The New Republic:
On Sunday, U.S. helicopters accompanied by a special forces team struck in Sukkariyeh, Syria, just over the border from Iraq. It was a raid with enormous implications for the war in Iraq and the broader war on terror. The target of the raid was a man named Badran Turki Hishan al-Mazidih, better known in his circles as Abu Ghadiya. Since 2004, intelligence officials have been targeting Abu Ghadiya for his pernicious role in Iraq: helping fuel the Sunni insurgency by transporting foreign fighters, money, and weapons. Never before had Americans struck within Syria with such visible fingerprints. But officials believe that killing Abu Ghadiya justified that kind of action. One military official told me that the elimination of Abu Ghadiya represents a significant triumph over al Qaeda in Iraq. "The organization is pretty much finished now," he told me.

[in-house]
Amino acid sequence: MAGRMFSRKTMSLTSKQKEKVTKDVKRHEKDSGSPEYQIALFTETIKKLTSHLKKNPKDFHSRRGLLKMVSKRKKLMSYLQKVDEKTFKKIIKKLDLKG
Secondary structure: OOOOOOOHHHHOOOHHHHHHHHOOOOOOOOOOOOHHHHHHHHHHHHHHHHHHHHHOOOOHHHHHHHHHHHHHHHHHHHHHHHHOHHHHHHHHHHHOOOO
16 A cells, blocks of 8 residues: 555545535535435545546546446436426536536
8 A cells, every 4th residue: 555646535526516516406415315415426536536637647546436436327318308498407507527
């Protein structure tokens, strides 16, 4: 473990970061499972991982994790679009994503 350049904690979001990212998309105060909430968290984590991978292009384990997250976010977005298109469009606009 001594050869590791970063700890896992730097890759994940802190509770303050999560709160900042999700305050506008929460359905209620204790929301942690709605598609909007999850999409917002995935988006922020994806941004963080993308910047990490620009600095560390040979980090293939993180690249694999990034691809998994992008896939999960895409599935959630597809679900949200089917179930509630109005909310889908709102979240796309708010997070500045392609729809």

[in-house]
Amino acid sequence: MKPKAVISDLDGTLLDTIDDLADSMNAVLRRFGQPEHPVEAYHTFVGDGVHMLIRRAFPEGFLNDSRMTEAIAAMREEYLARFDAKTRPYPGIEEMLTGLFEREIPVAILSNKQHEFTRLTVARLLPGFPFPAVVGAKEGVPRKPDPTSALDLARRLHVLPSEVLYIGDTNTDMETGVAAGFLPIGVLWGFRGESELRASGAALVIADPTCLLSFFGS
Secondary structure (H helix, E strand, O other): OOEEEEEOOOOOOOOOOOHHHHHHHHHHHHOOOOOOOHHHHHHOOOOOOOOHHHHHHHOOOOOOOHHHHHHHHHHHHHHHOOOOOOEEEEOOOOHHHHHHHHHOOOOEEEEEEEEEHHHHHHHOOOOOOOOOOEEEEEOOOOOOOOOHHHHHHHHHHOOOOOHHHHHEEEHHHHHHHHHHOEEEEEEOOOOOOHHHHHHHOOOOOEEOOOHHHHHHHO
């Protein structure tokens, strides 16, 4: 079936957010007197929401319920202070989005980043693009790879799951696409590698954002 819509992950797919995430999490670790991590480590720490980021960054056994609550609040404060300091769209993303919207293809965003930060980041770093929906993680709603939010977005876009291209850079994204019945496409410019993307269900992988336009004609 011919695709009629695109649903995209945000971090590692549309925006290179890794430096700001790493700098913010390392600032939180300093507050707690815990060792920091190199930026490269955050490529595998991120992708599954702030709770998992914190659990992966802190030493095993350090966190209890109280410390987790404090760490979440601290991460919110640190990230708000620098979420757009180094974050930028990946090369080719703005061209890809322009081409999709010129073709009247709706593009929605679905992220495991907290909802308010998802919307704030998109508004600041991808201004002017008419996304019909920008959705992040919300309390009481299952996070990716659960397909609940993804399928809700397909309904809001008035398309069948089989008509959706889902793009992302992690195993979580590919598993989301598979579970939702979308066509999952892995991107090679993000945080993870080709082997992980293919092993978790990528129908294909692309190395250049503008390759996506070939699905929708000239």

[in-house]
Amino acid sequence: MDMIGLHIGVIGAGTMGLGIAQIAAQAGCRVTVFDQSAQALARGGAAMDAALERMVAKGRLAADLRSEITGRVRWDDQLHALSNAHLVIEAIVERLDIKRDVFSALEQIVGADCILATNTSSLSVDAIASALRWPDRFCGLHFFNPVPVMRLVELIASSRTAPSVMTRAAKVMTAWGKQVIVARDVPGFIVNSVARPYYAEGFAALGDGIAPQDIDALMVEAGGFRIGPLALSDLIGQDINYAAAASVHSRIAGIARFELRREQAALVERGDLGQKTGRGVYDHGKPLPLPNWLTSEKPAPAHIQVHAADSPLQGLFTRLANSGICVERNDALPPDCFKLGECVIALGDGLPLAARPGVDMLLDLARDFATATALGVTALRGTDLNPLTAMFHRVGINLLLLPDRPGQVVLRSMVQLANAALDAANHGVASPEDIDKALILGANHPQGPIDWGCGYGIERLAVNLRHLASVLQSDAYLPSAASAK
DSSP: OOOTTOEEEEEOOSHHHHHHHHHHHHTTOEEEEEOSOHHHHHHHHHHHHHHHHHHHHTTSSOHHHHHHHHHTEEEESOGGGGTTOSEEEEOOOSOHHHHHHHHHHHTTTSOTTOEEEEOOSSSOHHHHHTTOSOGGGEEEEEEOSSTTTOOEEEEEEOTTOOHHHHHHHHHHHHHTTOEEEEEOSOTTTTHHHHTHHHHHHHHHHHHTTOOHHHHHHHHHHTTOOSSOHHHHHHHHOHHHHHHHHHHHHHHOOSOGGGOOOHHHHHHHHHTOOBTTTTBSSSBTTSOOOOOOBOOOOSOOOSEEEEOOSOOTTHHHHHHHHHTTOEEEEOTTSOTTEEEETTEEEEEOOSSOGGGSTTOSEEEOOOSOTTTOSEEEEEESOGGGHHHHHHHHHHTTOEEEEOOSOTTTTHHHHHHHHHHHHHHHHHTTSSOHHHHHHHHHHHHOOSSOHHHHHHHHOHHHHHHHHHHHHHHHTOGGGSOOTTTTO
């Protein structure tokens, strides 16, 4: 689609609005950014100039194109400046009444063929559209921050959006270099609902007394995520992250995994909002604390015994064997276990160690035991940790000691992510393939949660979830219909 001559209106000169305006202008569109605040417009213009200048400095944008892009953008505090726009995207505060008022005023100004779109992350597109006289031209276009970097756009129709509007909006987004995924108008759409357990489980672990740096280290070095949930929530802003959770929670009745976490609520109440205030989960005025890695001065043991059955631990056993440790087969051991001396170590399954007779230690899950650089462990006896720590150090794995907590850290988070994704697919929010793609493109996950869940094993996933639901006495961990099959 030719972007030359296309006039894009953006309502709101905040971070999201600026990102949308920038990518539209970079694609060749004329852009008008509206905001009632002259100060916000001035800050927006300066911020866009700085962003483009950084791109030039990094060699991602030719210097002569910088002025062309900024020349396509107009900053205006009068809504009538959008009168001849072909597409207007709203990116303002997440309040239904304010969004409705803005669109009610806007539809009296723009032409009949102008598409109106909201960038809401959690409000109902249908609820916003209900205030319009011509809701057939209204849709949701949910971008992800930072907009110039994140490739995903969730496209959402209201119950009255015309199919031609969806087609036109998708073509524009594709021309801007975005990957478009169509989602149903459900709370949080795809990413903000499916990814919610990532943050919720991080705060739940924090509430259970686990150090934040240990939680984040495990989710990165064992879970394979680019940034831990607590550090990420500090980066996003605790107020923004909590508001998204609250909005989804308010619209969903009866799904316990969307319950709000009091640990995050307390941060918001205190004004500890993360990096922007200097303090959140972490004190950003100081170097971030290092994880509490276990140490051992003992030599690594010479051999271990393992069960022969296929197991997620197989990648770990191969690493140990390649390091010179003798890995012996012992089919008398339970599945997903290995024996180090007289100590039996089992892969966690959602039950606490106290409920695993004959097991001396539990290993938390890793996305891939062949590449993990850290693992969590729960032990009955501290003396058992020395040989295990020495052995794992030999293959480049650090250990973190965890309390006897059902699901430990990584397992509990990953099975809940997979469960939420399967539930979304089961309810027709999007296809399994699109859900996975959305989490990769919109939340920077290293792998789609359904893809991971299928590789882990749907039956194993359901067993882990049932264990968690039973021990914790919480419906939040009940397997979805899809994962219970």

That is a big story. But it doesn't begin to capture the magnitude of the strike in Sukkariyeh. We have entered a new phase in the war on terror. In July, according to three administration sources, the Bush administration formally gave the military new power to strike terrorist safe havens outside of Iraq and Afghanistan. Before then, a military strike in a country like Syria or Pakistan would have required President Bush's personal approval. Now, those kinds of strikes in the region can occur at the discretion of the incoming commander of Central Command (Centcomm), General David Petraeus. One intelligence source described the order as institutionalizing the "Chicago Way," an allusion to Sean Connery's famous soliloquy about bringing a gun to a knife fight.